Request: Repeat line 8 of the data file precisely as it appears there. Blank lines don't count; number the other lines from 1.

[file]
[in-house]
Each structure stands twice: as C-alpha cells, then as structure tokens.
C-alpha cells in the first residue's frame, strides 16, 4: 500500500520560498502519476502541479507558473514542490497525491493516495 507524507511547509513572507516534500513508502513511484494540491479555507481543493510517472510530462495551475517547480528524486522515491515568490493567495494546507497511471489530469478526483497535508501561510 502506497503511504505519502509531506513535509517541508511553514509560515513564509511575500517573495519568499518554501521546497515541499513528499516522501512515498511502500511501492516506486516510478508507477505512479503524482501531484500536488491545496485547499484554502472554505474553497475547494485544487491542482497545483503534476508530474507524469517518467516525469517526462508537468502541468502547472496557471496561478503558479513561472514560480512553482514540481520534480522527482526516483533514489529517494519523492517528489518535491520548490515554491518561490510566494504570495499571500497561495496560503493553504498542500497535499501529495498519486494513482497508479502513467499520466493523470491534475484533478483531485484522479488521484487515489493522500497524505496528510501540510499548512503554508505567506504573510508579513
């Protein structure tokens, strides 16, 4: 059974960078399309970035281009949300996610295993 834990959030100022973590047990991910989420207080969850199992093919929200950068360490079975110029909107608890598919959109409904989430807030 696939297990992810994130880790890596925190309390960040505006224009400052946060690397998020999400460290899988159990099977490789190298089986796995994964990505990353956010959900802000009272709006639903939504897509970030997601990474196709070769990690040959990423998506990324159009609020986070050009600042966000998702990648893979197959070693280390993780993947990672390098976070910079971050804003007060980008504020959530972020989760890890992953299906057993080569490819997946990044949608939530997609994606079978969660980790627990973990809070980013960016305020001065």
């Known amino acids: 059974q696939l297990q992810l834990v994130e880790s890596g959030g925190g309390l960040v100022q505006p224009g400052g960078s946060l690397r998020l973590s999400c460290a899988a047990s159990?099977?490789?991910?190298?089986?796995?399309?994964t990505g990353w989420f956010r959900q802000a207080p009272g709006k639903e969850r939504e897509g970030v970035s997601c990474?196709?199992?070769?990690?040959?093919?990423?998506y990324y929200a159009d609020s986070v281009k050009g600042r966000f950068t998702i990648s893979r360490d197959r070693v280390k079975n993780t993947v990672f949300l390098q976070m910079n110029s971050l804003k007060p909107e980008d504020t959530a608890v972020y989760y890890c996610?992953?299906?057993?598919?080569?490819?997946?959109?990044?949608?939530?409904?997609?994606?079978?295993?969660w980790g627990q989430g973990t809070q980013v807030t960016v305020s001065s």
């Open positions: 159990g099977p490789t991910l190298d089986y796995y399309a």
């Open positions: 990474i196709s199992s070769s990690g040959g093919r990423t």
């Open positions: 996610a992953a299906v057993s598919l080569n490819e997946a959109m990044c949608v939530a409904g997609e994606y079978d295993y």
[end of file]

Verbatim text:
């Open positions: 996610a992953a299906v057993s598919l080569n490819e997946a959109m990044c949608v939530a409904g997609e994606y079978d295993y």